One relative thinks I will someday revert back, but that would be like believing in Santa again — just can’t happen. I know too much. I also study how the brain works and psychology and other sciences to help me understand why people believe in superstitions. That tells me, as it seems most of our leaders in this movement agree, that our time is better spent talking with the open-minded, not the religious fanatics.
I’m still finding new areas to doubt. I recently heard Christopher Hitchens say he has no respect for faith. That struck my “respect for religion” nerve that was embedded at a young age, and I quote his phrase now! So, my doubting continues to grow.
Why I’m a freethinker: The question I can’t answer is, “How could I have ever not have been a freethinker?” I mean, there I was a believer, better able than most to apologize for the bible right down to handling the tough questions about evil and seeming contradictions, the whole thing. I used my intelligence to reinforce my belief, and I was good at it! How could I have not questioned this whole arena before hitting the age of 57? I was too smart for that. How did it happen?
I’ve studied lately enough to realize I was using “confirmation bias” and other survival skills which have evolved in humans, so I’m not too hard on myself. But I can surely identify with those believers who are still caught up in the words of that man-made book. It’s like seeing your childhood playground again: “Gee, I thought the slide was so much taller than that. It’s actually pretty small.”
There’s no going back once you see behind the curtain and realize it’s only man-made. As a teenager in the hippie era, I saw the “Question Authority” poster and thought I was, but, oh no, I was only questioning which shampoo to buy. Little did I know what was really out there waiting to be questioned.
Ways I promote freethought: I bought 50 bright-blue T-shirts that say “Ask an Atheist” front and back, with our local meetup group name at the bottom. We walk around local public events in pairs for visibility, smiling and making casual eye contact in case anyone wants to ask a question. I also created the website to help others do the same. Even if no one asks anything, we are doing our part to dispel harmful myths by showing the public we buy hot dogs and pet police horses just the same as they do.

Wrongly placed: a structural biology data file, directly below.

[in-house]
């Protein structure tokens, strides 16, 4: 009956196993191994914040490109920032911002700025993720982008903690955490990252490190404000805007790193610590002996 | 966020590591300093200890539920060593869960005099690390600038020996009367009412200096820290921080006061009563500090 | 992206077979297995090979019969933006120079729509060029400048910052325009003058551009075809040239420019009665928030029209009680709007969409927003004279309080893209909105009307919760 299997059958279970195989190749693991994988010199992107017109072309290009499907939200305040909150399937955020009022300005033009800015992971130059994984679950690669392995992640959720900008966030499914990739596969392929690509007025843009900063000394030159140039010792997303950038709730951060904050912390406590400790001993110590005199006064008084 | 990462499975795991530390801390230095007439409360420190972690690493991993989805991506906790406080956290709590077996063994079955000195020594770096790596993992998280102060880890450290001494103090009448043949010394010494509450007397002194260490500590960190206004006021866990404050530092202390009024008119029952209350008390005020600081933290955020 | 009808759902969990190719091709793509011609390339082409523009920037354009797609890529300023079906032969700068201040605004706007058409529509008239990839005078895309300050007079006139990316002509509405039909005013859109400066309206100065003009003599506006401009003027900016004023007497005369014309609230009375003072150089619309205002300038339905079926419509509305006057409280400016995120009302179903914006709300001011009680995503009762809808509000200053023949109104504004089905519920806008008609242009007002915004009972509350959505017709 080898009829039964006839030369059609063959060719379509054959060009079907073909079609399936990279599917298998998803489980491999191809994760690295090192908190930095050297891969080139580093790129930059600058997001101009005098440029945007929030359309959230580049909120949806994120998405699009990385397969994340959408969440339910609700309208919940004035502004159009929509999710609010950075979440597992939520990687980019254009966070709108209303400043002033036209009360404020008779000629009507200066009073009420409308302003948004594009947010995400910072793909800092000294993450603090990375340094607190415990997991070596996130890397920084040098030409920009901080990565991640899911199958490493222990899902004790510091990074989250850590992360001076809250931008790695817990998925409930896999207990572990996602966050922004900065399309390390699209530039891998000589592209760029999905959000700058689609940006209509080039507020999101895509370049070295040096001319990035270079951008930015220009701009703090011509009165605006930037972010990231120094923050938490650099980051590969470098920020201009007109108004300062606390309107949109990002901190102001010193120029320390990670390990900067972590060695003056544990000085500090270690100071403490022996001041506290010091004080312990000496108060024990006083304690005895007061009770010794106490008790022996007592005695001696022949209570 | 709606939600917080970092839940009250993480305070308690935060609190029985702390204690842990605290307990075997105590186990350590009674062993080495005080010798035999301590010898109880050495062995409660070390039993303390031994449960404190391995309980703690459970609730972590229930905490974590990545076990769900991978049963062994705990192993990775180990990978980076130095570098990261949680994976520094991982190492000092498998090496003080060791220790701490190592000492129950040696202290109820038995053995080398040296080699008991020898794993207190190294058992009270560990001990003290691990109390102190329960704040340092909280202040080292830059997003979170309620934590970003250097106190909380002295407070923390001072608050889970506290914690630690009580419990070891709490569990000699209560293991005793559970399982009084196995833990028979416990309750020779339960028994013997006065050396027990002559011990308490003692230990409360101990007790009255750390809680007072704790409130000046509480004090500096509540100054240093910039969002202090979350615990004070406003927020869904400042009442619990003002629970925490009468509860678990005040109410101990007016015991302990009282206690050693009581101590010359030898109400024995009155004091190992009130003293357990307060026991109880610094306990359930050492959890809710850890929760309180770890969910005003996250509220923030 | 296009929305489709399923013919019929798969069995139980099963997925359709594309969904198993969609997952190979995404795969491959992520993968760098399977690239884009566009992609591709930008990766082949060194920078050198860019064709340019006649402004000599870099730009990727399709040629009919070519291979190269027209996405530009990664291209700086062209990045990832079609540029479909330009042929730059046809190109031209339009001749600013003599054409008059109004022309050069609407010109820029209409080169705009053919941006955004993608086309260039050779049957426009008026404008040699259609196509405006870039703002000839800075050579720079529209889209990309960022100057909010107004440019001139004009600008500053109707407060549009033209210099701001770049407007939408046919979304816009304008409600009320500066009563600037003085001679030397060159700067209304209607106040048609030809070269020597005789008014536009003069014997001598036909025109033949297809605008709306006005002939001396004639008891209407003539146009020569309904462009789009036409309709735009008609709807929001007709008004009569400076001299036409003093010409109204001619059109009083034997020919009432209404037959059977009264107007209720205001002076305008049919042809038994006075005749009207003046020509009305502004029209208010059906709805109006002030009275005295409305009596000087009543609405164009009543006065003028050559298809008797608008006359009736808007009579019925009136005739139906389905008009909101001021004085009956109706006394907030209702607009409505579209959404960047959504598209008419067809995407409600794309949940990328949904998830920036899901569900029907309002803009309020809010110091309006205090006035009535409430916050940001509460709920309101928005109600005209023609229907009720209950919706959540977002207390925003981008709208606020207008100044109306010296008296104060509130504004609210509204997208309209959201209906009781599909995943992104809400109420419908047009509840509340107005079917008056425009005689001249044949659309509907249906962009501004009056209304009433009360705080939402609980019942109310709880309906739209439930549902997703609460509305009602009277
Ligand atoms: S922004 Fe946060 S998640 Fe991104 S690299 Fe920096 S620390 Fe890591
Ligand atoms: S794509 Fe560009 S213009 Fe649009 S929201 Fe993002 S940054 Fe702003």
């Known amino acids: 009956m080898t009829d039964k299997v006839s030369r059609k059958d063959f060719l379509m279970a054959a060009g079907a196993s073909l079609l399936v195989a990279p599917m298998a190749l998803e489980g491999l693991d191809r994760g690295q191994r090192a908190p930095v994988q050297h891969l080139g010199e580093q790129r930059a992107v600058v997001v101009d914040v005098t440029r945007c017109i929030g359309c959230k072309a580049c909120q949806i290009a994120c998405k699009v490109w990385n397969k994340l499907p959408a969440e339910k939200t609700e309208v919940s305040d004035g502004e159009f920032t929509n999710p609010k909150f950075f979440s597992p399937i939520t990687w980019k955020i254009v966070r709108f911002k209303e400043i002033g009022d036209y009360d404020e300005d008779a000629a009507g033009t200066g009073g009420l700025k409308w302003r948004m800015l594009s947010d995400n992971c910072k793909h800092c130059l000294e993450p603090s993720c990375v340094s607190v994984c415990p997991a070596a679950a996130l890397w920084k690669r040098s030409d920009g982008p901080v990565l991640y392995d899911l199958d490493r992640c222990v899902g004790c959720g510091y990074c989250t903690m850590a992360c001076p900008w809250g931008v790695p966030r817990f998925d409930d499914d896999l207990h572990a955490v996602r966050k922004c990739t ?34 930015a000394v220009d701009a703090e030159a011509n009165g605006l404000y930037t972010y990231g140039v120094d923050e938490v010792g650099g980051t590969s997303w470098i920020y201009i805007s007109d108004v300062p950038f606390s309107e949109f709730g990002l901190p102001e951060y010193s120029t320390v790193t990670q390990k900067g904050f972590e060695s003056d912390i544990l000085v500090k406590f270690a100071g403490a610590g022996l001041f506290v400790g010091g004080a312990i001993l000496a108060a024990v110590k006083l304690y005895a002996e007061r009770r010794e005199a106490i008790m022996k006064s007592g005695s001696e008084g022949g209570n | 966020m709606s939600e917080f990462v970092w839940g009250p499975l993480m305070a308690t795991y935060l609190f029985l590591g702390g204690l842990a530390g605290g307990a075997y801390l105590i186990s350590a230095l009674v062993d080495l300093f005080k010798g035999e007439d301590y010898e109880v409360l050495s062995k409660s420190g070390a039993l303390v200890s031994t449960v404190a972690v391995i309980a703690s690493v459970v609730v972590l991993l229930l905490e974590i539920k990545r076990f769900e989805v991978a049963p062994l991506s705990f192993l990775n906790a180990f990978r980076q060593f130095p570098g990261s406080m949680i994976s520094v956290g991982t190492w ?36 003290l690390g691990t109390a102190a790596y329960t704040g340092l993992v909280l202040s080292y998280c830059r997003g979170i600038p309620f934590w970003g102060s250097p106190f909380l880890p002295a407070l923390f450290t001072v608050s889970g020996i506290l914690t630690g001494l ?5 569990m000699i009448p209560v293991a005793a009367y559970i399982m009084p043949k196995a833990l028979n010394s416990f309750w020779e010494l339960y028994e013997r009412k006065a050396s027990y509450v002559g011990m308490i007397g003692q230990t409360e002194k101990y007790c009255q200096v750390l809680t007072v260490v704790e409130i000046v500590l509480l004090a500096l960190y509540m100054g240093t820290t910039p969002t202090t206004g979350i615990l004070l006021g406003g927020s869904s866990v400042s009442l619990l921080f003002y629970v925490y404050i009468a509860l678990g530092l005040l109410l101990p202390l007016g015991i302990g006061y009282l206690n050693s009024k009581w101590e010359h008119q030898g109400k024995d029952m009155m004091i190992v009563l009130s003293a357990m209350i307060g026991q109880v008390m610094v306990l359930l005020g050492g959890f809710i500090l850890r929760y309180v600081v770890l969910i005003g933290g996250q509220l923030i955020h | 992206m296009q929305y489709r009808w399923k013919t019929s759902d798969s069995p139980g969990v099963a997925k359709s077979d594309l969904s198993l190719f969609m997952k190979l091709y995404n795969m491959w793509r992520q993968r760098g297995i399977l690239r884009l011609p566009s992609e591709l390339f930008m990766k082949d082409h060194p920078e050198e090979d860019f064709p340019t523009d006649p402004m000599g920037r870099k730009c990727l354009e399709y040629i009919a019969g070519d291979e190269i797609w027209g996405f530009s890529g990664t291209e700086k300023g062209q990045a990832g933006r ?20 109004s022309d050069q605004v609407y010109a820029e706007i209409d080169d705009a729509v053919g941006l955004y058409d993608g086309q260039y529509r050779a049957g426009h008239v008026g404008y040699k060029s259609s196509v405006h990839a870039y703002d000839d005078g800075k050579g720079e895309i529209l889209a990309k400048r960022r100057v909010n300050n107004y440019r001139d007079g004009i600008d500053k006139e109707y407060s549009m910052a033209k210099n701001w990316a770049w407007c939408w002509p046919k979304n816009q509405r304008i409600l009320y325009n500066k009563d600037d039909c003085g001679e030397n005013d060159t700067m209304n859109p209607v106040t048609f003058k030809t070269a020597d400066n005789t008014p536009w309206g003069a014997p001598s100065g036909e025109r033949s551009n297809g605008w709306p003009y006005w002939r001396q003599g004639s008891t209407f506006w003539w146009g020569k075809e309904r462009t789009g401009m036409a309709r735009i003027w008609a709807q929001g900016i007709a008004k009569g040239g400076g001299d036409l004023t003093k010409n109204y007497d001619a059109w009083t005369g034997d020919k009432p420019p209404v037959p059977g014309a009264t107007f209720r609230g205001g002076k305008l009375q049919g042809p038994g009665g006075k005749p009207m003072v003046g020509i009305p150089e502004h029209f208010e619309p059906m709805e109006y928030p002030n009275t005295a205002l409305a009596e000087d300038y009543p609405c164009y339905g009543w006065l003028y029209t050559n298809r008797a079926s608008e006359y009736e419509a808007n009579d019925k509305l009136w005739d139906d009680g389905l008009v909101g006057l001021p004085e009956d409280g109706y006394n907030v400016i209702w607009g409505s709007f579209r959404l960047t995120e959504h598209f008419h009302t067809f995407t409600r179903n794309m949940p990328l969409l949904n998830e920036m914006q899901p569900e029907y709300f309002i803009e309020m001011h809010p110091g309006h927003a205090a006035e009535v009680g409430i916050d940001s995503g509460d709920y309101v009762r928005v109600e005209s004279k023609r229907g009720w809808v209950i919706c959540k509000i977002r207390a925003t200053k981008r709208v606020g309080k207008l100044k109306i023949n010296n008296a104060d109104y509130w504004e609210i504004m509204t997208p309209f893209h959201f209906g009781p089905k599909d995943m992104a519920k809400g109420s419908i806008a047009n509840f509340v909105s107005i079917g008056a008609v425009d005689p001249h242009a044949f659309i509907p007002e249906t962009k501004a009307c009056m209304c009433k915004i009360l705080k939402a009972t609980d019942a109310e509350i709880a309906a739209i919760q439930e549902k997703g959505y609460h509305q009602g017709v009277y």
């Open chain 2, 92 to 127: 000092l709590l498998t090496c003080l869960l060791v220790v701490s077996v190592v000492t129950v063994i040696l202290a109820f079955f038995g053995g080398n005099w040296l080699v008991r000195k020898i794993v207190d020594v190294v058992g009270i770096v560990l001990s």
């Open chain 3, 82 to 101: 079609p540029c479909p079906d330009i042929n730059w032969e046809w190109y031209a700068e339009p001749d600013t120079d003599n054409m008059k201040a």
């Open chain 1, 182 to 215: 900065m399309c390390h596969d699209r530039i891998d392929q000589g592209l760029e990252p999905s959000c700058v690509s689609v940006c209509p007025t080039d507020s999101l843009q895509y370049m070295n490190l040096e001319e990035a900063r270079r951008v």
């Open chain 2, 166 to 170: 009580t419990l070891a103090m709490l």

It’s working very well so far. I also wear my T-shirt once or twice a week as I go shopping, to a car wash, stopping by work briefly, or stepping out to grab a hamburger. Sometimes older people stare or look away, but usually I get either positive support or a valid question or two. I’m not trying to persuade staunch believers. That’s a waste of my time on this earth. I care more about being visible for others who might be on the fence or too scared to come out. At events sometimes, someone will approach me specifically because they have seen several others wearing the same shirt at the same event. It helps break the ice. Now is the time we must come out and be visible. This is the best thing atheists can do.
I feel this passionately. Hey, why not buy your own T-shirt, either from FFRF or have a local shop make one for you with your own saying? If it’s cold outside, put your T-shirt on over your other clothes. It’s even a little trendy. I think we need to display the word “atheist” specifically, even though it’s taking a bigger risk than using less-stigmatized words for nonbelievers.
My Facebook profile picture is my FFRF Out of the Closet billboard, which says, “No God, no Christ, no Lord: There isn’t even a real ‘up.’ Goodness comes from people.”
I’m “out” everywhere I can be. Not everyone is ready, willing or able to take such a risk as this, so since I am a risk-taker and ready to be approached, that is what I do for the cause.

Freedom From Religion Foundation